Does it mean that endurance tests, in the future, should be even more robust?
Yes, it should be quite robust. Here's where our EGR+SCR strategy helps as it gives a little bit more margin in terms of emission limits. In the case of pure SCR, the catalyst has to operate at very high efficiencies. The bigger challenge is in-field practices. It may not be likely that every customer follows the service interval requirements regularly and can take care of the vehicle. So, discipline has to come in. If somebody picks the vehicle randomly that is not being serviced, there will be challenges. I think it's going to be a learning experience.
Do you think the timeframe given by the government is sufficient for the field trials?
The government has notified this along with BS-VI regulation, and therefore, there is no room for requesting an extension. The industry knew that, but it did not expect COVID; therefore, the investment recovery of the BS-VI itself has not happened. Instead, we lost about 30-40% of volumes. So, there is additional spending on top of that.
There is also talks on moving towards CNG. So, it's in that sense that there's almost no time for the OEMs to recover their investments from BS-IV to VI, though the development was done in three years. Generally, we don't recover large investments in three years. Then, OBD-2 has already come. So, we are constantly, maybe in red, in terms of recurring investments.
And now we have to work on fuel cell hydrogen ICE gas engines and electrification, so that's a challenge. That is why the industry is asking for time.
To facilitate TCO improvement and serviceability, OEMs are looking at optimising or replacing mechanical systems with alternatives. What kind of options do you have?
I can look at two ways – one is with the current diesel vehicle with many sensors in the engine, exhaust etc., and we have a telematics unit in every vehicle generating data. We can have more sensors, if needed. However, as we start moving away from diesel, especially into the fuel cell and battery electric vehicles that inherently have a lot of sensors built-in, it makes it more conducive to be able to build digital twins of every vehicle and be able to use that information to look at much more prognostics, to predict failures.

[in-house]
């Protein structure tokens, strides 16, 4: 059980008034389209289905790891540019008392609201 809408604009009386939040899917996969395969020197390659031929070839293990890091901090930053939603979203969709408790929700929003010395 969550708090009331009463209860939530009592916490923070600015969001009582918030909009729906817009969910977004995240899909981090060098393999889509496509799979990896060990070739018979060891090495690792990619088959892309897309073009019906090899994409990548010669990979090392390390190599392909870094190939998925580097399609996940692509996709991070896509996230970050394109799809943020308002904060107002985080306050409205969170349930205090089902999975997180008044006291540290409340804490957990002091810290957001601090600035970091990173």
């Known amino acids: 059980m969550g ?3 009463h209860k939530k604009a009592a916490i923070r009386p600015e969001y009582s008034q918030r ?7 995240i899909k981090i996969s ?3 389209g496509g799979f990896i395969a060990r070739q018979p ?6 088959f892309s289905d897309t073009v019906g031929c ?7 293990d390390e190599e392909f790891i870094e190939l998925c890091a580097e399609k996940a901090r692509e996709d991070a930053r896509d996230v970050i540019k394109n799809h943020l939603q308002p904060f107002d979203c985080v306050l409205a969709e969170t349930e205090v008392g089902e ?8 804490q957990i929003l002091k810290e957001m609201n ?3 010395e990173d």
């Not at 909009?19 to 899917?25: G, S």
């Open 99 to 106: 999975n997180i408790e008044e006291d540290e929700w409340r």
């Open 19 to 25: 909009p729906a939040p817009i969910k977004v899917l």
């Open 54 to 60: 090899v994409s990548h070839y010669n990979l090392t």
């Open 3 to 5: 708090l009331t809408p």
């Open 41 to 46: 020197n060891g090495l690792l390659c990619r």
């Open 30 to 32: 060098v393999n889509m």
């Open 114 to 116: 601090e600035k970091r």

Moreover, there is no need to put sensors everywhere as, for example, we can perform soft-sensing with the existing ones. Utilising sensors in the gearbox, it is possible to calculate the vehicle's payload and check if it is overloaded.
Would this enable OEMs to dictate terms for a warranty issue? Do you see a scenario coming?
That is more to do with the approach to dealing with a customer. I don't think we will have that kind of black and white policy in India. It is always goodwill. We can now internally understand how much the goodwill is and how much is on the warranty, but I think it is possible to tighten over time. I am not sure.
What is your vision, especially for Leyland's R&D wing when it comes to product development, testing and delivering it?
If you look at it, we are one of the few OEMs in the commercial vehicle space, which is self-sufficient in technology.
My vision is that as we move towards new technologies, we want to, at least in the key areas, add value, and have as much technology contribution as we can so that we can differentiate. We want to differentiate our products even in new technology space, including fuel cell or hydrogen, but not just buy and package. We do not want to be an integrator. We want to differentiate where we think we can and that I think is my vision. Still, be the differentiated player in the market.